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Founding Gardeners: The Revolutionary Generation, Nature, and the Shaping of the American Nation Hardcover – Deckle Edge, March 29, 2011


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Founding Gardeners: The Revolutionary Generation, Nature, and the Shaping of the American Nation + "A Rich Spot of Earth": Thomas Jefferson's Revolutionary Garden at Monticello + Vegetable Gardening the Colonial Williamsburg Way: 18th-Century Methods for Today's Organic Gardeners
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Product Details

  • Hardcover: 352 pages
  • Publisher: Knopf; 1ST edition (March 29, 2011)
  • Language: English
  • ISBN-10: 0307269906
  • ISBN-13: 978-0307269904
  • Product Dimensions: 9.3 x 6.6 x 1.3 inches
  • Shipping Weight: 1.6 pounds (View shipping rates and policies)
  • Average Customer Review: 4.7 out of 5 stars  See all reviews (60 customer reviews)
  • Amazon Best Sellers Rank: #161,595 in Books (See Top 100 in Books)

Editorial Reviews

From Publishers Weekly

Not only did Washington, Adams, Jefferson, and Madison operate farms, all believed agriculture was the noblest occupation and the foundation of democracy. All loved to talk about it, write about it, and spend leisure time (between building a nation) inspecting local farms. Scholars have not ignored this, but British design historian Wulf (The Brother Gardeners: Botany, Empire and the Birth of an Obsession) focuses on the agricultural passion that also reflected the political convictions of America's founders. Even while fighting the Revolution and governing the nation, Washington bombarded the manager of his beloved Mount Vernon with detailed instructions and insisted on prompt replies. During years of diplomatic service overseas, Adams and Jefferson toured private gardens and studied the latest agricultural techniques. This obsession went beyond the personal, influencing the design of Washington, D.C., and the White House, where Jefferson wanted only native shrubs and trees. Detailed botanical descriptions, garden layouts, and crop yields of their estates may appeal more to fans of horticulture than of history, but Wulf offers a delightful new perspective on the men we usually associate more with politics than with plants. 16 pages of color illus.; 19 b&w illus. (Apr.)
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Review

"Illuminating and engrossing. . . . The reader relives the first decades of the Republic not only through her eloquent and revelatory prose but through the words of the statesmen themselves."—The New York Times Book Review

"Anecdotes . . . shimmer through Andrea Wulf’s fine story of how gardening and farming shaped the thinking of Washington, Thomas Jefferson, John Adams and James Madison. . . . Luxurious and sharp-witted." —San Francisco Chronicle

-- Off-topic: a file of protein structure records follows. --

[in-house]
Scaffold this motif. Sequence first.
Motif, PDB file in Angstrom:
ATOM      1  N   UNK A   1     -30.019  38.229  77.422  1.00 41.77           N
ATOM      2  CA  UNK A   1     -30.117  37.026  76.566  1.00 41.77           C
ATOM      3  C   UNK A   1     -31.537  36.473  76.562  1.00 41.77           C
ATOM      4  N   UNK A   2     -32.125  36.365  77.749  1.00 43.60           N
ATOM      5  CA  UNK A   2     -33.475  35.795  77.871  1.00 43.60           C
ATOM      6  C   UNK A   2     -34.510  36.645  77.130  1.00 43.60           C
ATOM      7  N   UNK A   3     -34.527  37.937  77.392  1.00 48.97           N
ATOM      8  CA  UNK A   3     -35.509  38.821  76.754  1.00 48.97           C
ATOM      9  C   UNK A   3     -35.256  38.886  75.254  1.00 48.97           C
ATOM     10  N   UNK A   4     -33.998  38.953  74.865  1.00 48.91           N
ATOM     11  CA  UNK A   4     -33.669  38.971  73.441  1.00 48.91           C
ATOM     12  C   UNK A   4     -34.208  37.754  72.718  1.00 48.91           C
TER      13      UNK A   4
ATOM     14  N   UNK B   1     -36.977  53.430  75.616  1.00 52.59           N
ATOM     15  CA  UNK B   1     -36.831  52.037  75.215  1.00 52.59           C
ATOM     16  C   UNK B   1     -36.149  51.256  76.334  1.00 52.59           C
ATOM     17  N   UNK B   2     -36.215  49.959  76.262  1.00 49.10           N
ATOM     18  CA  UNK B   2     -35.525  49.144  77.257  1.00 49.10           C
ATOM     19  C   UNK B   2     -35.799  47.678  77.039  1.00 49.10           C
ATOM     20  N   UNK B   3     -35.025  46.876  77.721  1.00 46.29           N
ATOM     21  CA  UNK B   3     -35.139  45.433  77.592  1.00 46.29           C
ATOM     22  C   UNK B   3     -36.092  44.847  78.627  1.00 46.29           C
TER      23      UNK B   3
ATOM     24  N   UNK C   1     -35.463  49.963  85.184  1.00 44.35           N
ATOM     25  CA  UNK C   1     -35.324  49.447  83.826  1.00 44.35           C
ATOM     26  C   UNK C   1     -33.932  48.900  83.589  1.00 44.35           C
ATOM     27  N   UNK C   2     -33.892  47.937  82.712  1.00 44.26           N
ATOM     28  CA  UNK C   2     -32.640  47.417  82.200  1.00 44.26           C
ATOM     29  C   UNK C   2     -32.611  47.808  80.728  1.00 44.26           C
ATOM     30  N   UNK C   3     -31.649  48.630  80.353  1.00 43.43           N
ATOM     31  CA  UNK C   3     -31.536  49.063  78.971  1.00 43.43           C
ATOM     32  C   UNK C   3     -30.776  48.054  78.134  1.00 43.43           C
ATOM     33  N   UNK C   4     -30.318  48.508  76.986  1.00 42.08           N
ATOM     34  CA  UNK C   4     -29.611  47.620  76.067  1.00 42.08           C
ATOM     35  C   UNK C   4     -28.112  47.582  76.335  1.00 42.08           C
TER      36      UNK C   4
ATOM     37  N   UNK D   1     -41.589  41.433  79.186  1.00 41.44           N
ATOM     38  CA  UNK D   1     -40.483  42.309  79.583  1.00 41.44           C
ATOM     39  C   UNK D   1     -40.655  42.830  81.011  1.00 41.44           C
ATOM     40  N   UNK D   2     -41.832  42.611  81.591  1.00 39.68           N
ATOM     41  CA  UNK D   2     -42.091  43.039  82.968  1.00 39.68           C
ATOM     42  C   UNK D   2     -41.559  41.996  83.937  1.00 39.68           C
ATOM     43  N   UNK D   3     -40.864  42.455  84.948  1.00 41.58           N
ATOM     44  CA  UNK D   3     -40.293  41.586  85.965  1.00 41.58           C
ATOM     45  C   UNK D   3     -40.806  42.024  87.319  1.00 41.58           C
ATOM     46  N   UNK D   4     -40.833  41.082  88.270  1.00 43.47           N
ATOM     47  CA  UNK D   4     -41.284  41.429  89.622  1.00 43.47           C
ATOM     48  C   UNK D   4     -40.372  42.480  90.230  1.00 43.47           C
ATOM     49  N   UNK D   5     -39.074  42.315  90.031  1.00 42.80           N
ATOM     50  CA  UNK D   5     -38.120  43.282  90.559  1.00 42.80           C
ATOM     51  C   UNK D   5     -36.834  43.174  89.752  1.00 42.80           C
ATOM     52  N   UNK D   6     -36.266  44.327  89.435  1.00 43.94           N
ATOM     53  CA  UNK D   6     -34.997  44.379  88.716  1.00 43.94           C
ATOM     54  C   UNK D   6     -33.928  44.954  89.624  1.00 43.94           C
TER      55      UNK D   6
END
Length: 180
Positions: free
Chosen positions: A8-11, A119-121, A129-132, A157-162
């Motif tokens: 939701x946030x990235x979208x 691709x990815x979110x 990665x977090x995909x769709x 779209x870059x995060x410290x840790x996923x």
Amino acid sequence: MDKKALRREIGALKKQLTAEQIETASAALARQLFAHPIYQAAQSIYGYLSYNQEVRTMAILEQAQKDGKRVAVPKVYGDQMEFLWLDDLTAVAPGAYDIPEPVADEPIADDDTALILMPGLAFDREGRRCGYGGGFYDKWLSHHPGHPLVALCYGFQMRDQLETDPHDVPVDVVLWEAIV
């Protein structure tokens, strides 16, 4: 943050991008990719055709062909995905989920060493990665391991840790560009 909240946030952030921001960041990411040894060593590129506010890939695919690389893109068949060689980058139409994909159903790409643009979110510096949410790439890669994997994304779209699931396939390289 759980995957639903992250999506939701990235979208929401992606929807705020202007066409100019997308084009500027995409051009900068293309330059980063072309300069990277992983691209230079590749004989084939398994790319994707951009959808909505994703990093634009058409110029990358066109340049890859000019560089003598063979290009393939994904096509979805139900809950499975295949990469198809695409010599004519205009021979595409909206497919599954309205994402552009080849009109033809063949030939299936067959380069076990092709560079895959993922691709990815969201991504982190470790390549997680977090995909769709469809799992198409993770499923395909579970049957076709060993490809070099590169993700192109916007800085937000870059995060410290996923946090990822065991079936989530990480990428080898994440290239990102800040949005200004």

"[A] lively and deeply researched history. . . . Wulf ingeniously connects . . . highbrow political philosophy to the founders’ personal passion for horticulture." —The Washington Post Book World

"A timely and passionate book, with resonances beyond today’s legion of new gardeners. . . . Wulf traces the birth of the modern environmental movement back beyond Thoreau and Muir to the founding fathers’ passion for nature and plants." —The Guardian

"Andrea Wulf shows in her eloquently written and very beguiling Founding Gardeners that the garden, the natural world and the shape of a new nation were, for the men who launched the United States, parts of a whole. . . . She is a writer of considerable grace and breadth of vision, and Founding Gardeners is an excellent portrait of the early years of the federal republic. It will delight the general reader." —The Plain Dealer

"A highly enjoyable and thought-provoking book. Wulf combines a sure knowledge of garden history and 18th-centry politics with a keen eye for domestic detail and evocative description. By focusing the grand narrative of early America on four individuals, she writes the best kind of popular history." —The Irish Times

"It is certain that Wulf has wonderfully illuminated an often overlooked and very important aspect of the founders’ lives, providing new reasons to be inspired by them. . . . Delightful, enlightened reading."
—NashvilleScene.com

"Wonderfully engaging. . . . Breaks new ground." —The Times Literary Supplement (London)

"Fresh and bountiful. . . . Wulf’s delectable anecdotal approach . . . reveals each founder’s personality and perpective, while her dynamic analysis results in a paradigm-altering vision of how ‘the balance of nature’ underlies our founding principles." —Booklist (starred review)

"Wulf offers a delightful new perspective on the men we usually associate more with politics than with plants." —Publishers Weekly

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Customer Reviews

4.7 out of 5 stars
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If you love history, you will want to read this book.
Catlady
As a Master Gardener and a Certified Landscape Design Consultant, I found this book absolutely fascinating.
Michael E. Brown
It makes you want to visit Mount Vernon or Monticello just to check out the garden!
Bigfoot

Most Helpful Customer Reviews

48 of 50 people found the following review helpful By Ronald H. Clark VINE VOICE on May 8, 2011
Format: Hardcover Verified Purchase